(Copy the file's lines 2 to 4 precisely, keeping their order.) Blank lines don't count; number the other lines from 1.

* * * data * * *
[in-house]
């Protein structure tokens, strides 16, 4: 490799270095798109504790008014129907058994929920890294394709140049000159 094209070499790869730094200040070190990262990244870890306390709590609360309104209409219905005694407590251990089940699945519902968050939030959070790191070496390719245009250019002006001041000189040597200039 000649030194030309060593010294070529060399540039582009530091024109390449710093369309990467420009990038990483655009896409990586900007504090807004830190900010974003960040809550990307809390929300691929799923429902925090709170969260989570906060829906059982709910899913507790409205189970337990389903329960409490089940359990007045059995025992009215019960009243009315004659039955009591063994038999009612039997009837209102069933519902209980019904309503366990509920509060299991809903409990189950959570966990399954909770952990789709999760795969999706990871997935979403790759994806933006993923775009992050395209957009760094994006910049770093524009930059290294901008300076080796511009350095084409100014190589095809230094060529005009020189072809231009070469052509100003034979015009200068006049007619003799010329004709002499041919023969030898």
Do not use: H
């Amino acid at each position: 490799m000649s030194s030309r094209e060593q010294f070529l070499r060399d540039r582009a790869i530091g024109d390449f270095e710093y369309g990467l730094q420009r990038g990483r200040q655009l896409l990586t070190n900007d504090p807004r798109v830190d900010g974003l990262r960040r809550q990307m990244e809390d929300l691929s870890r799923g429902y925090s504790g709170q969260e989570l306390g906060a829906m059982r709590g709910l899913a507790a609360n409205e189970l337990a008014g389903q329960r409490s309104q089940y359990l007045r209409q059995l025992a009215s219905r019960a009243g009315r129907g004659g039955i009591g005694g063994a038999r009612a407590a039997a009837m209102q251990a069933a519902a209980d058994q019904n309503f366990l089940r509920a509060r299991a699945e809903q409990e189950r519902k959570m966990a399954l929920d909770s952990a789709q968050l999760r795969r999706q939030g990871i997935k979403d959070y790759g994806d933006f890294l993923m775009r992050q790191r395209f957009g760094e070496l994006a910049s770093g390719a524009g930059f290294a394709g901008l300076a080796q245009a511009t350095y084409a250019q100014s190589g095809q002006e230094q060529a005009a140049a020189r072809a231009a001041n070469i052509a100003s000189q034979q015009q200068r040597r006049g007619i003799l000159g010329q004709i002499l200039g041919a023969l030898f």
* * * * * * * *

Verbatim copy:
């Protein structure tokens, strides 16, 4: 490799270095798109504790008014129907058994929920890294394709140049000159 094209070499790869730094200040070190990262990244870890306390709590609360309104209409219905005694407590251990089940699945519902968050939030959070790191070496390719245009250019002006001041000189040597200039 000649030194030309060593010294070529060399540039582009530091024109390449710093369309990467420009990038990483655009896409990586900007504090807004830190900010974003960040809550990307809390929300691929799923429902925090709170969260989570906060829906059982709910899913507790409205189970337990389903329960409490089940359990007045059995025992009215019960009243009315004659039955009591063994038999009612039997009837209102069933519902209980019904309503366990509920509060299991809903409990189950959570966990399954909770952990789709999760795969999706990871997935979403790759994806933006993923775009992050395209957009760094994006910049770093524009930059290294901008300076080796511009350095084409100014190589095809230094060529005009020189072809231009070469052509100003034979015009200068006049007619003799010329004709002499041919023969030898």
Do not use: H
């Amino acid at each position: 490799m000649s030194s030309r094209e060593q010294f070529l070499r060399d540039r582009a790869i530091g024109d390449f270095e710093y369309g990467l730094q420009r990038g990483r200040q655009l896409l990586t070190n900007d504090p807004r798109v830190d900010g974003l990262r960040r809550q990307m990244e809390d929300l691929s870890r799923g429902y925090s504790g709170q969260e989570l306390g906060a829906m059982r709590g709910l899913a507790a609360n409205e189970l337990a008014g389903q329960r409490s309104q089940y359990l007045r209409q059995l025992a009215s219905r019960a009243g009315r129907g004659g039955i009591g005694g063994a038999r009612a407590a039997a009837m209102q251990a069933a519902a209980d058994q019904n309503f366990l089940r509920a509060r299991a699945e809903q409990e189950r519902k959570m966990a399954l929920d909770s952990a789709q968050l999760r795969r999706q939030g990871i997935k979403d959070y790759g994806d933006f890294l993923m775009r992050q790191r395209f957009g760094e070496l994006a910049s770093g390719a524009g930059f290294a394709g901008l300076a080796q245009a511009t350095y084409a250019q100014s190589g095809q002006e230094q060529a005009a140049a020189r072809a231009a001041n070469i052509a100003s000189q034979q015009q200068r040597r006049g007619i003799l000159g010329q004709i002499l200039g041919a023969l030898f």